Tuesday, October 25, 2011

Week Of 10/18 - Industrial, Rock, Gypsy, Trip-Hop

New Releases:

Kidneythieves - The Invisible Plan

Label: self released
Released: 10/18 2011
Genre: Industrial/Trip-Hop
The 5 Track EP is Kidneythieves in top form, always getting better. Pushing the trip-hop style from the 90s up a notch into something bigger and better. The first track, Never And Me, is on my I Can Put It On Repeat For Hours list of songs, it's just amazing, strikes a chord deep down. The kind of song that belongs on the Insomnia At 0300 playlist. The whole EP is good, it doesn't overburden itself with remixes, which is a nice change from the modern EP format. Instead it's five new tracks, all of them excellent material. If you pre-ordered then you also got the Acoustic version of Floating Angels. It's not quite industrial heavy, but feels like it could easily swing that way with the addition of some extra bassline.

Adding To The Collection

Army Of The Universe - Mother Ignorance
Label: Metropolis Records
Released: 2011
Genre: Industrial
Italian Industrial duo Army OT Universe come out with this debut album, and it really spins the genre around a little. A little more rock, and little less concerned with 'club hits' and definitely showing a lot of glam-rock through the heavy beats. With a better-than-the-original cover of Bjork's "Army Of Me" on it, the album never misses a beat, and keeps on rocking. These guys are going to do nothing but get better and better, their debut here kicks some serious ass.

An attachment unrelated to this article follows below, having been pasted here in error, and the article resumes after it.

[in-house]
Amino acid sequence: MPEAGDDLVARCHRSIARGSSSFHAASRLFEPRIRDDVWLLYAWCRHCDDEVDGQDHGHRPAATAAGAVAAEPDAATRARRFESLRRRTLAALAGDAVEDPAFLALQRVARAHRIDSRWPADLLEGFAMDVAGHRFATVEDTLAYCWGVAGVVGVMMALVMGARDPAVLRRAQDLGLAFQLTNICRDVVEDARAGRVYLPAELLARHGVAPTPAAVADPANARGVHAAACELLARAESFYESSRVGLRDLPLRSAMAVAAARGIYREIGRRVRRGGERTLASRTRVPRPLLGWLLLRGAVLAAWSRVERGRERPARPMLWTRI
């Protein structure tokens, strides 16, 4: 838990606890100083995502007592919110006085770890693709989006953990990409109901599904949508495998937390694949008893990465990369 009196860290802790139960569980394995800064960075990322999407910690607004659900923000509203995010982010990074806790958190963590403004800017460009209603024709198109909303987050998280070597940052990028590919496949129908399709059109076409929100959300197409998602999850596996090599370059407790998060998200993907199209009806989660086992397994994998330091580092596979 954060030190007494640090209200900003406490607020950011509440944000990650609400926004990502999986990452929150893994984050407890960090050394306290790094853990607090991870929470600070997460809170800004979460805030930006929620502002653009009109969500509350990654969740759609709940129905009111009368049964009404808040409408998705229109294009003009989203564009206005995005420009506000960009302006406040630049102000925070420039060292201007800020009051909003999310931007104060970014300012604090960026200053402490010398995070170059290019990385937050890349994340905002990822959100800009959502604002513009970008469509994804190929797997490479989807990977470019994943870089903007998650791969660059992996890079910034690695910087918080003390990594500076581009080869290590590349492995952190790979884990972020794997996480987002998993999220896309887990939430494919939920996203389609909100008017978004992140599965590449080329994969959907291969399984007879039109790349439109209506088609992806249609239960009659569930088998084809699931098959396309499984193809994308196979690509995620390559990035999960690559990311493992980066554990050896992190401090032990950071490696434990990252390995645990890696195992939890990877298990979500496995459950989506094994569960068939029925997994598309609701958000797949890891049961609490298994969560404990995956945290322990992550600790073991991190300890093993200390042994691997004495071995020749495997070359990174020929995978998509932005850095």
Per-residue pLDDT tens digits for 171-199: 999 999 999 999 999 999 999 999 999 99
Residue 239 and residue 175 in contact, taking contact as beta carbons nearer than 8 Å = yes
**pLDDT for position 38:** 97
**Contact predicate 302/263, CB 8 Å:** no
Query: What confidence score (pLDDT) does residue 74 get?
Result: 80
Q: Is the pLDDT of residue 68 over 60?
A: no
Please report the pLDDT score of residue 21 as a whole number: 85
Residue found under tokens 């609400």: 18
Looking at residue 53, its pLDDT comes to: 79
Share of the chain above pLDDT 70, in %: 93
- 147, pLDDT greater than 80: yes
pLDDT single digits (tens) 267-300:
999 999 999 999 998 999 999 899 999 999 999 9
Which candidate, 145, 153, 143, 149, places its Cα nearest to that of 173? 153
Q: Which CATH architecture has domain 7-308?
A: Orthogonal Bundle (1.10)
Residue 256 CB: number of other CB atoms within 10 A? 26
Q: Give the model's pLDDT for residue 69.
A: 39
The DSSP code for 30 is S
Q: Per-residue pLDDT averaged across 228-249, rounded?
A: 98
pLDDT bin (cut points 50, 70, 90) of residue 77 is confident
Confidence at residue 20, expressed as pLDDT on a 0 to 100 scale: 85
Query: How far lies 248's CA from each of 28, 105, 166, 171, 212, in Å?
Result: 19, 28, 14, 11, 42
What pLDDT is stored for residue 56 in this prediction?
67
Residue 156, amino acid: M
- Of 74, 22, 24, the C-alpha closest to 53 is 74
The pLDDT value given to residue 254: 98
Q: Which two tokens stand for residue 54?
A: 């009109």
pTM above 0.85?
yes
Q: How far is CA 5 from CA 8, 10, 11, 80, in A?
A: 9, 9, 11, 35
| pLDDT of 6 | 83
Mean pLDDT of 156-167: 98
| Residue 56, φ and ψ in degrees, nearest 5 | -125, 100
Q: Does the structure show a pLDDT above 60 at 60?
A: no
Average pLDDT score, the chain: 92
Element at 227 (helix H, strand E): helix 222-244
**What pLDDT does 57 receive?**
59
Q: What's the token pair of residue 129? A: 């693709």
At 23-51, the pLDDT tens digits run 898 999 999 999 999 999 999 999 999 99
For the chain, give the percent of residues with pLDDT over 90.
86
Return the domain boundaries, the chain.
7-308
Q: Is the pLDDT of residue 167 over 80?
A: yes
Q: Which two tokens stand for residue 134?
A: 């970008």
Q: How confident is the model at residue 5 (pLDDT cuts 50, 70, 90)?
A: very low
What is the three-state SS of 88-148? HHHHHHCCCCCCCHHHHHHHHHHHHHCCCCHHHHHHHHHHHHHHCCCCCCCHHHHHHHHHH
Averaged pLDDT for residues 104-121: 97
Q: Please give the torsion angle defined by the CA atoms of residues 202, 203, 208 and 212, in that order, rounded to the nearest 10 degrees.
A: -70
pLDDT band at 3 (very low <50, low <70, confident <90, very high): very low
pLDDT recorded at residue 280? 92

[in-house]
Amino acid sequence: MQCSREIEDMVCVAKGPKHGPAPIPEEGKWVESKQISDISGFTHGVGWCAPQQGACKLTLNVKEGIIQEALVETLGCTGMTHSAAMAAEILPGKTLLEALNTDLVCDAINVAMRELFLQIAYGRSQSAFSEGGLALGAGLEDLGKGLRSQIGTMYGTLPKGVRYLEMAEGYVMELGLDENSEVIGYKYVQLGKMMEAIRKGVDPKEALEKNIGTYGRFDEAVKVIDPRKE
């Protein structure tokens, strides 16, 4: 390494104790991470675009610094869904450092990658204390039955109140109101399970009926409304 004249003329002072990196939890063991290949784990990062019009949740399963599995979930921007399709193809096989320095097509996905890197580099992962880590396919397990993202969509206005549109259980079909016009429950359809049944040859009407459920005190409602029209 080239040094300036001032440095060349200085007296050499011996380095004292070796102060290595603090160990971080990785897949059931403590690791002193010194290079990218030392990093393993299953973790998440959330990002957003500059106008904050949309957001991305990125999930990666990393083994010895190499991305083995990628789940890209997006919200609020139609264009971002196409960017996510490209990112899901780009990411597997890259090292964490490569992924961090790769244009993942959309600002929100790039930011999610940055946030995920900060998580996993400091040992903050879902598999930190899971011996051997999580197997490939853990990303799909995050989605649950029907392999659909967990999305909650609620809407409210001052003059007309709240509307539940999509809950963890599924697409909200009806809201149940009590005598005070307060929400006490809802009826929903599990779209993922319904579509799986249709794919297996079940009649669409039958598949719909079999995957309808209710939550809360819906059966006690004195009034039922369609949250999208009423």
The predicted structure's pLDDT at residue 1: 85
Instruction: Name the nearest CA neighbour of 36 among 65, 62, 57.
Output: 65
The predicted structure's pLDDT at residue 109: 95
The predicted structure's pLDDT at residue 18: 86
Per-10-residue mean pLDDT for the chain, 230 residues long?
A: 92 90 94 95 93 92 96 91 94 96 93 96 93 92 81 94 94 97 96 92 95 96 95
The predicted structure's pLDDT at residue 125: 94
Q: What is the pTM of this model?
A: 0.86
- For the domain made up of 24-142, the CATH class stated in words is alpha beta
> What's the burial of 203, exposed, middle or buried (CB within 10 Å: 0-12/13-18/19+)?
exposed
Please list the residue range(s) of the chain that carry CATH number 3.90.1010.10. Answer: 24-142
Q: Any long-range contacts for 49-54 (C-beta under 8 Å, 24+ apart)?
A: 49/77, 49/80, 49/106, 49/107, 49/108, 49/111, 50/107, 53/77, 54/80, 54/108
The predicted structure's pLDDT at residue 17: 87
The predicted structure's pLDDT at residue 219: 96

16 Volt - Letdowncrush
Label: Re-Constriction Records/Cargo Music
Released: 1996
Genre: Industrial
Early 16 Volt seemed unencumbered, raw, and very guitar driven. Letdowncrush is a perfect example of 90s Industrial-Rock, and stands the test of time. It's a great piece of crunchy music, driving forward, and not getting caught on itself. It's not particularly hard, or heavy, very much teetering on the edge of Industrial and Gothic-Rock, either way it is a very cool album. With the exception of the final track that's noise behind the rantings of a radio caller, I really find it annoying when bands add five minutes of some strange person ranting on a radio talk-show/interview. Luckily it is last and easily skipped past.

Lemon Drop Kick - Lemon Drop Kick EP
Label: self-released
Released: 2011
Genre: Rock/J-Rock